5 Strategies to Advance Diversity, Equity, and Inclusion in the Workplace

DEI Conversation in the Workplace

Although diversity, equity, and inclusion (DEI) in the workplace isn’t a new idea, it has moved front and center in recent years. More and more, businesses are realizing that creating a diverse and inclusive organization is not only the right thing to do—it’s the smart thing to do. In fact, research shows that, for firms that want to be innovative and transformative, it’s mission critical.

But how exactly do you go about advancing diversity, equity, and inclusion in the workplace? Start by understanding why it matters. In my work as chief diversity and inclusion officer at Commonwealth Financial Network®, I often use an analogy made by activist and author Vernā Myers to offer insight. Myers defines diversity as “being invited to the party” and inclusion as “being pulled onto the dance floor.” I expand on it by defining belonging as “having a say in the choice of music played.”

With the Great Resignation of 2021 creating significant gaps in the workforce, you may be tempted to accelerate your diversity recruiting to fill empty roles. But as Arthur Woods, cofounder of the diversity hiring technology company Mathison, points out, making impulsive decisions may cause you to be influenced by some of the very biases you’re looking to eliminate. To make meaningful changes, go beyond hiring by strengthening and evolving your policies and practices so they reflect and enhance employee experiences. This, in turn, can translate to a better overall experience for your clients and potentially expand your client base.

Slow and Steady

A long-term approach requires patience. Remember that even small steps can have a big impact over time. Here are a few strategies to guide your efforts:

  • Be intentional. Your firm may have a history of being well-intentioned, but to create and sustain an environment where everyone feels heard and fairly treated, you need to evolve from being well-intentioned to intentional by investing in a sustainable infrastructure. At a high level, start by looking at behaviors that yield equitable benefits for your staff, clients, and partners, as well as the communities you serve, and take action to integrate inclusive practices across these groups.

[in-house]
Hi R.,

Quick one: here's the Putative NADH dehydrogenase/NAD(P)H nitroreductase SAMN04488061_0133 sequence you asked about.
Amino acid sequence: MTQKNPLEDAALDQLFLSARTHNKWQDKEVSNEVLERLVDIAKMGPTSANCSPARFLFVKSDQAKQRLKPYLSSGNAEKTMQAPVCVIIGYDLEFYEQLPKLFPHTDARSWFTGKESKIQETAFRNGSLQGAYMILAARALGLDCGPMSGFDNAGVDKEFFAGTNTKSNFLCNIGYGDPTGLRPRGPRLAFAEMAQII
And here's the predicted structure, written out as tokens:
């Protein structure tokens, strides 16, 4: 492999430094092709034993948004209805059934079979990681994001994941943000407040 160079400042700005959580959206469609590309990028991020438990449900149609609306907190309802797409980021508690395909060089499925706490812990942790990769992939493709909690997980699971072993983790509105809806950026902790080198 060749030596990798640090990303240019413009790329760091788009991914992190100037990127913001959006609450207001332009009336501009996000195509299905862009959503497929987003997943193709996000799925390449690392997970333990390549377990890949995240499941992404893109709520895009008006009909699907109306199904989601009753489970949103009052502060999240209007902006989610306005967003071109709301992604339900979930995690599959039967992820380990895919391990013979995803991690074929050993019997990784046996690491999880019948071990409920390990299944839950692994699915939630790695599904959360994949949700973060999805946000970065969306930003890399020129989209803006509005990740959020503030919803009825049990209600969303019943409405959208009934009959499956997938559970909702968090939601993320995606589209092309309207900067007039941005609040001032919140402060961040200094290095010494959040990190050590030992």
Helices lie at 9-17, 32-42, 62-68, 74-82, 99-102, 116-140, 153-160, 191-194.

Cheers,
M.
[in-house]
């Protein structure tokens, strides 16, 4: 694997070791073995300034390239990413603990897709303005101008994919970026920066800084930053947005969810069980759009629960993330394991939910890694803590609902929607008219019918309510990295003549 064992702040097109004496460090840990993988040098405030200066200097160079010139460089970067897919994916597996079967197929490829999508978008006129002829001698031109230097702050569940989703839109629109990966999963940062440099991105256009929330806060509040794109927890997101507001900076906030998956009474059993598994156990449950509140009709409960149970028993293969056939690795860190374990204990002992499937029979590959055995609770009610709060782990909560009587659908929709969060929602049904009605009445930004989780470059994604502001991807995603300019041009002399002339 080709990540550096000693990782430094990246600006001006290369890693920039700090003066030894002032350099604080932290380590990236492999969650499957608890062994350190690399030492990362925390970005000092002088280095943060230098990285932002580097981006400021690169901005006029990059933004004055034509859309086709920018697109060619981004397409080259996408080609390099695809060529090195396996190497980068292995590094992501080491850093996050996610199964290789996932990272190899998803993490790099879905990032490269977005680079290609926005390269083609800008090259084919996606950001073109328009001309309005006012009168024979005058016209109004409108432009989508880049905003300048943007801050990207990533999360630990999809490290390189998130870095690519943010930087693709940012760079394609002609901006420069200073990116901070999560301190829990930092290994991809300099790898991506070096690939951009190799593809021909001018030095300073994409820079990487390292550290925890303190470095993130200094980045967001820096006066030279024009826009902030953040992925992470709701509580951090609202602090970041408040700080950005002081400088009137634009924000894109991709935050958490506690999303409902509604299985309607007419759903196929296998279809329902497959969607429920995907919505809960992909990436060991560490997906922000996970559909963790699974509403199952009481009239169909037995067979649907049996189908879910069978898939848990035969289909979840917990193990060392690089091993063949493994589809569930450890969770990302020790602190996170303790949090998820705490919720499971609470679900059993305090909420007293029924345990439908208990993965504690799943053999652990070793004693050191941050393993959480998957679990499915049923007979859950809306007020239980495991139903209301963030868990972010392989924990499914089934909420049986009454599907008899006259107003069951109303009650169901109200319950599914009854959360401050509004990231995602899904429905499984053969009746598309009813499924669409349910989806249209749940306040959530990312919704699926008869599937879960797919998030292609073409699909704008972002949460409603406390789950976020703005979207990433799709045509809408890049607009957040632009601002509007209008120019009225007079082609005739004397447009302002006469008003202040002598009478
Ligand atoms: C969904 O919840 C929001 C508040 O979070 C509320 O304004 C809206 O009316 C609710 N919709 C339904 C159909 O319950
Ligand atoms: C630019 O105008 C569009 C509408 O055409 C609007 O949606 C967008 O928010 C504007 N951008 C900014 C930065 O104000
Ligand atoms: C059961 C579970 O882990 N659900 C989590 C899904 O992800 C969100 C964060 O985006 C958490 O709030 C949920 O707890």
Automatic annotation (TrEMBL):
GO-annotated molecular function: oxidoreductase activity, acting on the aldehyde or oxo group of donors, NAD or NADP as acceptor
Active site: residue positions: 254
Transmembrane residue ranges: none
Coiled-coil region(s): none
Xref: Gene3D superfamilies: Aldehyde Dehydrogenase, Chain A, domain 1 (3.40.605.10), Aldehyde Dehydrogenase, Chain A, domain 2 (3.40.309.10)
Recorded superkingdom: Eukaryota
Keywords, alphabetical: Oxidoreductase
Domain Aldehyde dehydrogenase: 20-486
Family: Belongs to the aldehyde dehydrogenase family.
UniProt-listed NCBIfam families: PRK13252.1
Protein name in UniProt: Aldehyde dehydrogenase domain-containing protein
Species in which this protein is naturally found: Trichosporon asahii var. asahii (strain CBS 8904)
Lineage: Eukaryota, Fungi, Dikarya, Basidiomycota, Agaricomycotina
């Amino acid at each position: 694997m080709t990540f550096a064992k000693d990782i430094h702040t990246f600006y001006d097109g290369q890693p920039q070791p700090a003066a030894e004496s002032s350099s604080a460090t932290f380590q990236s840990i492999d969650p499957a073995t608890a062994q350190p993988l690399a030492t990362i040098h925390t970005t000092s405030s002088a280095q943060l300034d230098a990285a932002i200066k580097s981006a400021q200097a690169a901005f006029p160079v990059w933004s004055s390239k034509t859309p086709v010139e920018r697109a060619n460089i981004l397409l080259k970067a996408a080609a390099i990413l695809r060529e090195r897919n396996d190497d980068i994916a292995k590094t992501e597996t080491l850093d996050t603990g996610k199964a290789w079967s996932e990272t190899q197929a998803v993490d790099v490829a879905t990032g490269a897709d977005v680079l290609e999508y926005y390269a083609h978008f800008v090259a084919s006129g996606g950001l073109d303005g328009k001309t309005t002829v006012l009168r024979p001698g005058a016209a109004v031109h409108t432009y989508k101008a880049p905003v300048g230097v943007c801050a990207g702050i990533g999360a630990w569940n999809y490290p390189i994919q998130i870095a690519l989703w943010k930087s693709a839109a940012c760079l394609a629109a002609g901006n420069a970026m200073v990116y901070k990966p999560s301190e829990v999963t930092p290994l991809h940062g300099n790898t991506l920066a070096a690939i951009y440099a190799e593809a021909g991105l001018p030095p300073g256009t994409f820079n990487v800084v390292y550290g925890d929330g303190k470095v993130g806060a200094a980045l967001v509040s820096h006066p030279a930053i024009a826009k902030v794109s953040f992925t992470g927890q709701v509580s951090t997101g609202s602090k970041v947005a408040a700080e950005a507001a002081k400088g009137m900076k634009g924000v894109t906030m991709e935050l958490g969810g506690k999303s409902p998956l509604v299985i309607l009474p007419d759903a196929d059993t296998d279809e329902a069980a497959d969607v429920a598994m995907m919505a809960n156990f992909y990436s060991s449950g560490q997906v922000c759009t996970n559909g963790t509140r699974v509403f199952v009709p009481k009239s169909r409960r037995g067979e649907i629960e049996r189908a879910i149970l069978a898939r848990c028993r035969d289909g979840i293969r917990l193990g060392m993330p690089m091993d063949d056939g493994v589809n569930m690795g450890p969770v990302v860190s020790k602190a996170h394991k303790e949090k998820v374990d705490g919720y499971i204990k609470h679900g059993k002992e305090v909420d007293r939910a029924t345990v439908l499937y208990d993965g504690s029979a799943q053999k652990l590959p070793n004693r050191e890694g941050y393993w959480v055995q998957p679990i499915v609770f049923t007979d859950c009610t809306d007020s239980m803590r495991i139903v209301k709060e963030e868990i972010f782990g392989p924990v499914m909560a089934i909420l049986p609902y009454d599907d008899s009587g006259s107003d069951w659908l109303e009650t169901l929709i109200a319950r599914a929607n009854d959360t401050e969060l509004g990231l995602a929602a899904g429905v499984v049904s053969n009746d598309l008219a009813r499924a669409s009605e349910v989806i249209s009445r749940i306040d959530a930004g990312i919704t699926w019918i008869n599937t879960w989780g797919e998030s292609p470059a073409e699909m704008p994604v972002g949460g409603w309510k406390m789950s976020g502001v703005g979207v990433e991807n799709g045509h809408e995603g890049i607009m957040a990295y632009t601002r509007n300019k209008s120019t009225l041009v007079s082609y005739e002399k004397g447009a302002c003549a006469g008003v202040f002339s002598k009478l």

• Invest in women. Women are still heavily underrepresented in the field, making up roughly 18 percent of the industry’s advisors. Attracting more women is an essential step to creating diversity, equity, and inclusion in the workplace. So, how can you be purposeful in these efforts? Start by building an infrastructure that fosters development and directly helps women advisors succeed. Keep in mind, too, that people need to recognize themselves in a community to want to be part of it. To that end, consider tapping the network of women advisors you already have to share their stories through your firm’s website, social media, and other channels.

  • Break down barriers. It’s crucial to create an accommodative and equitable work environment where people feel like they can bring their whole person, have a seat and a voice at the table, and feel heard. To do that, there are systemic barriers we need to break down. Further complicating things, we need to do it through the lens of COVID-19 and displaced racism, both of which have provided sobering reminders of ongoing disparities that have widened the gap for women and people of color.

  • Broaden your definition of diversity hiring. Gender and race are significant aspects of diversity hiring, of course, but it’s important to approach the process through a holistic lens. Expand your goals and focus to include other communities that may be underrepresented—from LGBTQ+ to veterans to older workers. As an example, October is National Disability Employment Awareness Month. This may be a good time to reassess your hiring practices and look for ways to make your firm culture more inclusive of employees with disabilities. The U.S. Department of Labor provides practical ideas to help you enhance your efforts throughout the month.

  • Hold yourself accountable. Creating a diverse and inclusive organization can’t be simply “a nice to have”—it must be prioritized as a strategic lever for how you do business. How? Make gradual but significant strides by doing the following:

    • Hire at all levels of your organization to improve representational diversity.

    • Create a library of DEI resources for your staff.

    • Establish forums for staff to share their experiences in a safe space.

    • Create employee resource groups that allow staff to represent themselves and feel recognized.

Cultivate a Culture of Belonging

Creating a diverse and inclusive organization requires a long-term commitment and a willingness to have meaningful (and sometimes uncomfortable) conversations. But the payoff can be big: greater engagement, productivity, and retention of your employees, not to mention the potential to deliver a better overall experience to a broader range of clients. Remember, making incremental progress is okay. Advancing diversity, equity, and inclusion in the workforce is a journey—not a destination.

This material is for educational purposes only and is not intended to provide specific advice.

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